When the researchers used mice bred to ‘knock out’ the work of CCR5 cells, these mice were protected from the accumulation of misfolded huntingtin and tau, showing that their brains were more affected than control mice. It has been found to lead to a reduction in toxic aggregates within the .

The CCR5 switch is not only exploited by neurodegenerative diseases, but is also used by HIV as a ‘gateway’ into cells.

This connection inspired the team to use maraviroc to treat Huntington’s disease mice. The researchers administered the drug for four weeks, starting at two months of age. At that time point, we found a significant reduction in the number of huntingtin aggregates compared to untreated mice. However, Huntington’s disease causes only mild symptoms in mice by 12 weeks without treatment, and it was too early to tell whether maraviroc affected symptoms in mice.

The same effect was also observed in the dementia control group. In these mice, maraviroc not only reduced the amount of tau aggregates compared to untreated mice, but also delayed brain cell loss. An object recognition test revealed that treated mice performed better than untreated mice, suggesting that the drug delayed memory loss.

“We are very excited about these findings because they not only reveal a new mechanism by which microglia promote neurodegeneration, but they also show that even existing safe treatments may be able to block neurodegeneration. “I’m excited about it,” said Professor Rubinstein. ”

A similar study on the other side of the globe came to the same conclusion. Maraviroc is effective for amnesia in mice.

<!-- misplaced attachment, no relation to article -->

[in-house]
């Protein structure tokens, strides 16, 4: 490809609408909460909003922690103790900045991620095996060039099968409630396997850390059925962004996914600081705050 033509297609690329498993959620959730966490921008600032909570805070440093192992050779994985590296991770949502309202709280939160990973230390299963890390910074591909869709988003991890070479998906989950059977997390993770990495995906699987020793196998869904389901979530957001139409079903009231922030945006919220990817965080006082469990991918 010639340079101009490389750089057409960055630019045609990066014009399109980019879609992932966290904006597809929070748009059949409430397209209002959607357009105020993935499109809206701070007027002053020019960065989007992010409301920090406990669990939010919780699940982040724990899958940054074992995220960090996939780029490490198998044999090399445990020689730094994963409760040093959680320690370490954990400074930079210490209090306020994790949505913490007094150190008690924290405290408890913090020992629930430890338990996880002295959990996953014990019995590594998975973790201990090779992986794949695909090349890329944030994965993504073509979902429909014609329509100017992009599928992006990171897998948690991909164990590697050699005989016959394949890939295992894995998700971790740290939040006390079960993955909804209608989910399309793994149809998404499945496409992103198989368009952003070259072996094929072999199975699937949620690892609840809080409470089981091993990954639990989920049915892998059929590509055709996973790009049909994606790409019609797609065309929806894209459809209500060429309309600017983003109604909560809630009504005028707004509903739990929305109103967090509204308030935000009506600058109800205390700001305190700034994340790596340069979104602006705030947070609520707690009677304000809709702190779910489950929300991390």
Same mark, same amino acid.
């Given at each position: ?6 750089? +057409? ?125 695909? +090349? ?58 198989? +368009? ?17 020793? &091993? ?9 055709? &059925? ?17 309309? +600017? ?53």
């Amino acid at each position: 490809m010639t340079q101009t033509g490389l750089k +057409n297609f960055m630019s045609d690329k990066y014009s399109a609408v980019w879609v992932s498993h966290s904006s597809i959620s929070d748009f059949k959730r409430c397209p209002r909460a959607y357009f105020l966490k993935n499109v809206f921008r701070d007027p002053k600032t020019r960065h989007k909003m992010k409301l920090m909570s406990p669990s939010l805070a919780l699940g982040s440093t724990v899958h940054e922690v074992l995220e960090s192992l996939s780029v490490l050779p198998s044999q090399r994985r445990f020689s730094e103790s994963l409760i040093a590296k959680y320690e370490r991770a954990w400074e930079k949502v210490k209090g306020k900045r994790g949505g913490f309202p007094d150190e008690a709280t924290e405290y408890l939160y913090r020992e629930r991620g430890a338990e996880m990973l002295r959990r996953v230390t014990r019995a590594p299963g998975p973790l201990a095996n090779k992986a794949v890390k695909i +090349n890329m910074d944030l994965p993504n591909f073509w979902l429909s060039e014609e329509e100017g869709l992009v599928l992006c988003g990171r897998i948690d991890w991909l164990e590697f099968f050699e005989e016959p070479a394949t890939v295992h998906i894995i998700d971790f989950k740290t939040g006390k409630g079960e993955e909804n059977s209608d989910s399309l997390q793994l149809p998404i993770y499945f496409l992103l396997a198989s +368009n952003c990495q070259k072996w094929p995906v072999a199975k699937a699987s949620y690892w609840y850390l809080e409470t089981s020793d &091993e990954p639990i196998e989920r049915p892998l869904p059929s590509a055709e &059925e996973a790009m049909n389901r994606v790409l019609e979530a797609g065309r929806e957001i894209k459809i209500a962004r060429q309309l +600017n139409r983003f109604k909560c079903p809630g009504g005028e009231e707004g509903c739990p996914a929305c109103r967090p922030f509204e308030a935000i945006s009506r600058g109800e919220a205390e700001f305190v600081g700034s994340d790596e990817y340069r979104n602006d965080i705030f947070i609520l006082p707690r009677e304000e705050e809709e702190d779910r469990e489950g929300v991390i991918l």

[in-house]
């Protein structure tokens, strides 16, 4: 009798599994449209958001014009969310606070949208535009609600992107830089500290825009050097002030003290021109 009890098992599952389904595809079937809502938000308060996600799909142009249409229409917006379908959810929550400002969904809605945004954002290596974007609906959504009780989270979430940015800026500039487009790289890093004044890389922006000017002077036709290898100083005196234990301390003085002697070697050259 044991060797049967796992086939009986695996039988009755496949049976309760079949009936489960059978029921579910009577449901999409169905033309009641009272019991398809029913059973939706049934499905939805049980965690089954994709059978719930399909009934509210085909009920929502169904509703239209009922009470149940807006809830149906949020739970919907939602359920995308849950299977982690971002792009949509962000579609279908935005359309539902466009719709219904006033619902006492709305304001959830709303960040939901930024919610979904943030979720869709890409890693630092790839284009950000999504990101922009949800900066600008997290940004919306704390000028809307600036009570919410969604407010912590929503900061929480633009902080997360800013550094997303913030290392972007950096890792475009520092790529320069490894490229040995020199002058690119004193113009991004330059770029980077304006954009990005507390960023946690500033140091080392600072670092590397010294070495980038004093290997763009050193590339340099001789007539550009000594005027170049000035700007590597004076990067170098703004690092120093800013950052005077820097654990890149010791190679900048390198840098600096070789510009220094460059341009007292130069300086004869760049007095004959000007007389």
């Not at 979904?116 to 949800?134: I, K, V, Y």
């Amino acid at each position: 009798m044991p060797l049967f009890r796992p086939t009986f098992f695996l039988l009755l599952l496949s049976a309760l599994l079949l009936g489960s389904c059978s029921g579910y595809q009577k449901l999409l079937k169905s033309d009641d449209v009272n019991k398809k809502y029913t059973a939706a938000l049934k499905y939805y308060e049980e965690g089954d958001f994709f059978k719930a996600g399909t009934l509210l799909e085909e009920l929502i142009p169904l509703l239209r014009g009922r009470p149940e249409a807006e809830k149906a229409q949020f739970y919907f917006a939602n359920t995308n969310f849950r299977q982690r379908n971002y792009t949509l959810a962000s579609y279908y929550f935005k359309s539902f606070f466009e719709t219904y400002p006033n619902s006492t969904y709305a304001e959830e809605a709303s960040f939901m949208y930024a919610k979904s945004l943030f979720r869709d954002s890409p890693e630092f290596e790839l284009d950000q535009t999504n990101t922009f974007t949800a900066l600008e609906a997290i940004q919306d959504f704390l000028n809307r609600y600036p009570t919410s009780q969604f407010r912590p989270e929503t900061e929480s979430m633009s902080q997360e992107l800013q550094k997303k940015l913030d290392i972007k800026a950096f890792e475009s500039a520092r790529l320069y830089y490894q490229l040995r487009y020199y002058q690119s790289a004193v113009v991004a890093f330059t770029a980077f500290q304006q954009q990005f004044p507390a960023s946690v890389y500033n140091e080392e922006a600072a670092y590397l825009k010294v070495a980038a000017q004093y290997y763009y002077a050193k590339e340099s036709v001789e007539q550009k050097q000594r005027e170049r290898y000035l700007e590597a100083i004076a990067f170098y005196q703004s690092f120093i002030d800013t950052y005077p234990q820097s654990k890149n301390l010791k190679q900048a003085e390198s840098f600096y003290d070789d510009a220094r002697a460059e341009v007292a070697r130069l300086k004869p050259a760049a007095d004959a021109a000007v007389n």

Last May, UCLA neuroscientist Arcino Silva also studied the effects of the CCR5 switch on memory, specifically how memory connections are formed. Silva told NPR that the brain can form new memories as it ages, but it’s difficult to connect them.

“You learn about something,” Silva explained. “But I can’t remember where I heard it. I can’t remember who told you about it. As we get middle-aged and older, these incidents happen more and more often.”

CCR5 was found to interfere with memory-binding processes, such as the integration of names and faces, in the same way that it affects the accumulation of toxic proteins in the brain.

“The molecule turns off the memory mechanism, so you can’t link memories after that,” Silva says.

So Silva’s team, like the Cambridge research group, tried maraviroc. Just as maraviroc restores autophagic function and removes toxic proteins, it helped restore memory connections.

Silva’s research Naturefound that levels of CCR5 spiked after stroke in a previous study with Thomas Carmichael, director of neurology at UCLA. Carmichael is now applying Silva’s work with Maraviroc to stroke patients.

“It can affect Alzheimer’s disease, stroke, Parkinson’s disease, and spinal cord injuries,” says Carmichael.

“Maraviroc by itself may not be a silver bullet, but it shows potential,” said Rubinstein of the Cambridge study. “During the development of this drug as a treatment for HIV, there were also a number of other drug candidates that failed along the way because they were ineffective against HIV. Of these, he said, one was to prevent neurodegenerative disease in humans. It may prove to work effectively for